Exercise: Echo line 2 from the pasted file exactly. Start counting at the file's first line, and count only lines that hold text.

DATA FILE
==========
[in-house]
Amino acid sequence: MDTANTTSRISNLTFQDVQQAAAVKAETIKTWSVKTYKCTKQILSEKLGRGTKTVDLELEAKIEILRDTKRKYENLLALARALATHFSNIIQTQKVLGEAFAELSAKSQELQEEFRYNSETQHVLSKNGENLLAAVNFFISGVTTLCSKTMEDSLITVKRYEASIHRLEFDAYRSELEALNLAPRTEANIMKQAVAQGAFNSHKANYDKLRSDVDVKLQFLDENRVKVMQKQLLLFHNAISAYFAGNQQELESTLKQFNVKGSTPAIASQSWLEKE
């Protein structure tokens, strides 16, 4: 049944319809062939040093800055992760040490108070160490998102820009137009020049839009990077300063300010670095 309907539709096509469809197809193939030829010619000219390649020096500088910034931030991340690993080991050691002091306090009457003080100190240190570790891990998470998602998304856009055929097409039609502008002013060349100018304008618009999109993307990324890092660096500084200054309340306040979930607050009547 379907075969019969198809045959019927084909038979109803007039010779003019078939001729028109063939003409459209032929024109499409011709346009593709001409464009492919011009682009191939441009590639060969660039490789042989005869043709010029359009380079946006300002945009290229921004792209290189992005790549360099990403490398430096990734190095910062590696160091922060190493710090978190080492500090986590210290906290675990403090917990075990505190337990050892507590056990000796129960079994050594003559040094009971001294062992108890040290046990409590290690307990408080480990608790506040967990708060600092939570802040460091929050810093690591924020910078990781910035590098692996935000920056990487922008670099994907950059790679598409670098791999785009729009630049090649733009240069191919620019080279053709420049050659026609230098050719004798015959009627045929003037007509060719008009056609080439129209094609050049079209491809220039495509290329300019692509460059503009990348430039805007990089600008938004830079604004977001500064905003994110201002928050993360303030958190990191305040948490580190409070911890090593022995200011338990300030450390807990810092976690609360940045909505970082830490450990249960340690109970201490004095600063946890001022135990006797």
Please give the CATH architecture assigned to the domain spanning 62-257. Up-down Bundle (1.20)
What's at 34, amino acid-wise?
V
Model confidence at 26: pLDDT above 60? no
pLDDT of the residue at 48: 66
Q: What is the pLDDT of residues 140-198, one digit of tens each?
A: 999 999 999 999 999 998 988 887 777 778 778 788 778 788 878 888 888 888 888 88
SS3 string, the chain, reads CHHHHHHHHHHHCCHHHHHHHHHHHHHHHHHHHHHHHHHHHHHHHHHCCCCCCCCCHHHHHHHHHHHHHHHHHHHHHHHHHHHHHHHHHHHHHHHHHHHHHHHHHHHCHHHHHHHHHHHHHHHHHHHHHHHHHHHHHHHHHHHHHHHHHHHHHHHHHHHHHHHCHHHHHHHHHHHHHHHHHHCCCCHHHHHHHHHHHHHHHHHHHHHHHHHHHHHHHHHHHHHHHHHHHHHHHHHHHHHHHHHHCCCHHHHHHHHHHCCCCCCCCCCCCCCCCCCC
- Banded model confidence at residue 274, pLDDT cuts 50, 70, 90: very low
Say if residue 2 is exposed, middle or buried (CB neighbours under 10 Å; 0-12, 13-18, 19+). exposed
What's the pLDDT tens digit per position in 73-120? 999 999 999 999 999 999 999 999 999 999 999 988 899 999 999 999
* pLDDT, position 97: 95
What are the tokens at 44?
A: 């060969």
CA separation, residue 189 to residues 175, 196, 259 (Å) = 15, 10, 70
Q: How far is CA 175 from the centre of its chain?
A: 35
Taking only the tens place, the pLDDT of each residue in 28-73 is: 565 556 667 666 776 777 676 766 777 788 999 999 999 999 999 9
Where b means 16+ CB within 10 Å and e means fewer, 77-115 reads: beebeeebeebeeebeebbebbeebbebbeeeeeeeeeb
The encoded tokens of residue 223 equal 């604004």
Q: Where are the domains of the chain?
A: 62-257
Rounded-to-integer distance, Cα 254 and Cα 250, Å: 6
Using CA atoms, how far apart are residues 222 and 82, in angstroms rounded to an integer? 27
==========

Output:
Amino acid sequence: MDTANTTSRISNLTFQDVQQAAAVKAETIKTWSVKTYKCTKQILSEKLGRGTKTVDLELEAKIEILRDTKRKYENLLALARALATHFSNIIQTQKVLGEAFAELSAKSQELQEEFRYNSETQHVLSKNGENLLAAVNFFISGVTTLCSKTMEDSLITVKRYEASIHRLEFDAYRSELEALNLAPRTEANIMKQAVAQGAFNSHKANYDKLRSDVDVKLQFLDENRVKVMQKQLLLFHNAISAYFAGNQQELESTLKQFNVKGSTPAIASQSWLEKE